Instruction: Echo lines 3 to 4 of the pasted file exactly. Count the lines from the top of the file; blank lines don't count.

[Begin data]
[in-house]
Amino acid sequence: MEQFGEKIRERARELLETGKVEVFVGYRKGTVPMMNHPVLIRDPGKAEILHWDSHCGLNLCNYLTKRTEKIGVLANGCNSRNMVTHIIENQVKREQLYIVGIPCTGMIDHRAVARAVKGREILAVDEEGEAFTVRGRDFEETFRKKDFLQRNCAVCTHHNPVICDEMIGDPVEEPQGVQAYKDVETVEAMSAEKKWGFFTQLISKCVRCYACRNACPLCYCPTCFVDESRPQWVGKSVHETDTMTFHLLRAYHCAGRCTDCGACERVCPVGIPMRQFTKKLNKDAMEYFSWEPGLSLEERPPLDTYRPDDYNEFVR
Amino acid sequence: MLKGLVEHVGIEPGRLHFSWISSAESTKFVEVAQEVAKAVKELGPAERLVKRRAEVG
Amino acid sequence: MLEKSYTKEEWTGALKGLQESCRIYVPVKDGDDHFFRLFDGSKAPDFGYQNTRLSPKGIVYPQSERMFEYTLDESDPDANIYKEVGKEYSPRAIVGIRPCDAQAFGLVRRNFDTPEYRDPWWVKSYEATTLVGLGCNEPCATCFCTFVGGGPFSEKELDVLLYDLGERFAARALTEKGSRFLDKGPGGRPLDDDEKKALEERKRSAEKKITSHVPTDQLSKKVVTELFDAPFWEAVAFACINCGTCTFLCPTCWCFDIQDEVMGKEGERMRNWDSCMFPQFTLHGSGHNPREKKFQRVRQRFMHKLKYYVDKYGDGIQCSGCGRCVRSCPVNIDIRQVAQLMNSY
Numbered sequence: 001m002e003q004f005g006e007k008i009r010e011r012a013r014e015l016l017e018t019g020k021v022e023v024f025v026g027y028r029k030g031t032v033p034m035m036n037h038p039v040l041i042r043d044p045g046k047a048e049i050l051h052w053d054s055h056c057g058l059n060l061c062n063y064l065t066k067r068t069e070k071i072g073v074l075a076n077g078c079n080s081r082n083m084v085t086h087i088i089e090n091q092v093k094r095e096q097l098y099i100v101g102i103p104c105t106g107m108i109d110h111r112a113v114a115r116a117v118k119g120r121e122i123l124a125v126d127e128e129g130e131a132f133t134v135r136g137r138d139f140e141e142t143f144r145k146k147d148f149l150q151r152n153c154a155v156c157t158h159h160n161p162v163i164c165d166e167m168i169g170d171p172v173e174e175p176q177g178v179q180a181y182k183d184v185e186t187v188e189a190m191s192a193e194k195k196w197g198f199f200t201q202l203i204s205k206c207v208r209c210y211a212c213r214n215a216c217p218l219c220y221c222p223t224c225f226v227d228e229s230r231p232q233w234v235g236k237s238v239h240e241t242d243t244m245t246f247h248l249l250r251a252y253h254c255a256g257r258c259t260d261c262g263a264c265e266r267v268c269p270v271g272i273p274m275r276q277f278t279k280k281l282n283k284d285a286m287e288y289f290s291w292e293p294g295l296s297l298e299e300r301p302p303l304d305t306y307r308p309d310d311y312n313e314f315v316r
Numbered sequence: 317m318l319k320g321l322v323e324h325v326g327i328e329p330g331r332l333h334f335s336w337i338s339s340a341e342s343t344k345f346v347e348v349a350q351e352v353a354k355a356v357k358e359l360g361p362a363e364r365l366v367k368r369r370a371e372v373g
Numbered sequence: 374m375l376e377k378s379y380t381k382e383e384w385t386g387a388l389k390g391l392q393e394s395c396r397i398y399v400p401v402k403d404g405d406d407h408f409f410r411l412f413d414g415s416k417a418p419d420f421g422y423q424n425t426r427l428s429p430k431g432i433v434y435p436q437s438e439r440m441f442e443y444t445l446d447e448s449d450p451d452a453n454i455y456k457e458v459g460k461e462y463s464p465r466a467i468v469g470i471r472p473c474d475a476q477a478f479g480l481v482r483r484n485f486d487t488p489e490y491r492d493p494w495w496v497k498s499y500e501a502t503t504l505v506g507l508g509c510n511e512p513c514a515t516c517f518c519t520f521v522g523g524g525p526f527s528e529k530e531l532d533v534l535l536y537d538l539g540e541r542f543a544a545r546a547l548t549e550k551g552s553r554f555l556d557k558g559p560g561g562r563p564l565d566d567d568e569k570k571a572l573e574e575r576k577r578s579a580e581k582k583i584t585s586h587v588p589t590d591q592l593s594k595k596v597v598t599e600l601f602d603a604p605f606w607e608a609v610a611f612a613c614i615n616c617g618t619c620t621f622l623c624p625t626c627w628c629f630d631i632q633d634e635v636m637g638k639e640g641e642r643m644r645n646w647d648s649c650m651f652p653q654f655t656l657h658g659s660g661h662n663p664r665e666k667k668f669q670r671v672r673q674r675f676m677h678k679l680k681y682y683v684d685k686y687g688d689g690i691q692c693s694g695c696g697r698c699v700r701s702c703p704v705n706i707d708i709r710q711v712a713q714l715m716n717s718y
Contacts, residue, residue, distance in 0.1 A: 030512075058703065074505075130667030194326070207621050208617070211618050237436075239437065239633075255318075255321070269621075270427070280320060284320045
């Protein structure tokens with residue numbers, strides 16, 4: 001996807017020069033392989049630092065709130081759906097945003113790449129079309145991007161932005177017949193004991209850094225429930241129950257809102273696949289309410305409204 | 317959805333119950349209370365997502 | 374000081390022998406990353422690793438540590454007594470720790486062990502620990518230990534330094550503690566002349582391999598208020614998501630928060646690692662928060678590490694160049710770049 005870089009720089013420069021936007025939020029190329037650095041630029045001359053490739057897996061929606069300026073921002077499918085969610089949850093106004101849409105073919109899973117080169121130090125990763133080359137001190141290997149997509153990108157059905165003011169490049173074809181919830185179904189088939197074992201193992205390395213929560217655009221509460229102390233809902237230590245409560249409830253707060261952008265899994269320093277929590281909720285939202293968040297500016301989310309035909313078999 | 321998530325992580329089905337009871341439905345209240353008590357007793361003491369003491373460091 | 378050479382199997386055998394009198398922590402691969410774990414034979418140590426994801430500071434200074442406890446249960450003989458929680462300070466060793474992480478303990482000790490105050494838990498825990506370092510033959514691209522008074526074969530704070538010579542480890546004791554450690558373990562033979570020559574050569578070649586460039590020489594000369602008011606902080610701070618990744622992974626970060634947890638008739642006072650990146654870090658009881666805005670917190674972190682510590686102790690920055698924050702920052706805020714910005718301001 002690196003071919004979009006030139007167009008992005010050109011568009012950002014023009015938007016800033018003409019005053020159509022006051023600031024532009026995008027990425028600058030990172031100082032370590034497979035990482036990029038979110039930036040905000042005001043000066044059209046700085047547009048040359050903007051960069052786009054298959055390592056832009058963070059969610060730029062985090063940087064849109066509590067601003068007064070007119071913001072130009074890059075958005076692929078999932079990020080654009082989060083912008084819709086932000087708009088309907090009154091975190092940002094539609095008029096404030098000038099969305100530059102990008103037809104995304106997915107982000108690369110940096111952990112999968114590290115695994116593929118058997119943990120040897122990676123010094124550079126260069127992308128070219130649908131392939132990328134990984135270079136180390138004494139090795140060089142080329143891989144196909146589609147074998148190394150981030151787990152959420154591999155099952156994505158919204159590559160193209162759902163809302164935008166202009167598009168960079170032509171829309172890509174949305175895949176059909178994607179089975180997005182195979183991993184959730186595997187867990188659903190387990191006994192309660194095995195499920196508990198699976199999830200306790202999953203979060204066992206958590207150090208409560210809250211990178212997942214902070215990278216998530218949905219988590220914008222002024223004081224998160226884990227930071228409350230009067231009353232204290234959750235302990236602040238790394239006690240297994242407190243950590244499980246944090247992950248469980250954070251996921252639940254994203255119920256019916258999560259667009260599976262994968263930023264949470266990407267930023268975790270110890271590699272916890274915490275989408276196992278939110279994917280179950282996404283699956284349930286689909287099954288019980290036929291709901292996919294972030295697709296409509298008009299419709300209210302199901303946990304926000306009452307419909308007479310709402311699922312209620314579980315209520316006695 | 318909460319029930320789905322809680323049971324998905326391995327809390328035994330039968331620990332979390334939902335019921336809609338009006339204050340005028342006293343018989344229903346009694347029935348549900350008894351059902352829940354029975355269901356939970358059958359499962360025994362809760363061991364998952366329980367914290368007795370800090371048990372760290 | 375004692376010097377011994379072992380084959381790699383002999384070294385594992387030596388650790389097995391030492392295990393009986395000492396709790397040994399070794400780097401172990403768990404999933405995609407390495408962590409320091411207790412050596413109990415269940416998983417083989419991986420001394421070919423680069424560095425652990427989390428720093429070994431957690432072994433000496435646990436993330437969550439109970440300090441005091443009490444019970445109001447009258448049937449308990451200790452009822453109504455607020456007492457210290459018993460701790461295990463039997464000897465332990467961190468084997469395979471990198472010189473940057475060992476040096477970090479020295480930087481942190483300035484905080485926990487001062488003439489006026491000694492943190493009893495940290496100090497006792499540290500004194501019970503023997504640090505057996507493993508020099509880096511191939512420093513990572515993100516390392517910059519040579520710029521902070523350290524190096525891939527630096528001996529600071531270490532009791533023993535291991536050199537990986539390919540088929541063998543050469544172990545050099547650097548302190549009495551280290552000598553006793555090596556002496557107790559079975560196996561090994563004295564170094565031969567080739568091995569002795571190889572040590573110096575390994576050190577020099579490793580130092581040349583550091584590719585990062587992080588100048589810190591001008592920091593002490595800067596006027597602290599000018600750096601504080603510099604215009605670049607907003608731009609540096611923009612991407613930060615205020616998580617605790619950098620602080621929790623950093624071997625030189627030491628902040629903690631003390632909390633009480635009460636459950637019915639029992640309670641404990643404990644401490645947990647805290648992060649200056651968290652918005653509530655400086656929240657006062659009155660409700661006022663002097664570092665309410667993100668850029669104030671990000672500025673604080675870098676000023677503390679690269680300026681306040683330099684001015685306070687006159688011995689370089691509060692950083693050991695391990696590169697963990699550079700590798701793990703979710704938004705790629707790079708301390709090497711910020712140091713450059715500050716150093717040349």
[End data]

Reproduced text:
Amino acid sequence: MLKGLVEHVGIEPGRLHFSWISSAESTKFVEVAQEVAKAVKELGPAERLVKRRAEVG
Amino acid sequence: MLEKSYTKEEWTGALKGLQESCRIYVPVKDGDDHFFRLFDGSKAPDFGYQNTRLSPKGIVYPQSERMFEYTLDESDPDANIYKEVGKEYSPRAIVGIRPCDAQAFGLVRRNFDTPEYRDPWWVKSYEATTLVGLGCNEPCATCFCTFVGGGPFSEKELDVLLYDLGERFAARALTEKGSRFLDKGPGGRPLDDDEKKALEERKRSAEKKITSHVPTDQLSKKVVTELFDAPFWEAVAFACINCGTCTFLCPTCWCFDIQDEVMGKEGERMRNWDSCMFPQFTLHGSGHNPREKKFQRVRQRFMHKLKYYVDKYGDGIQCSGCGRCVRSCPVNIDIRQVAQLMNSY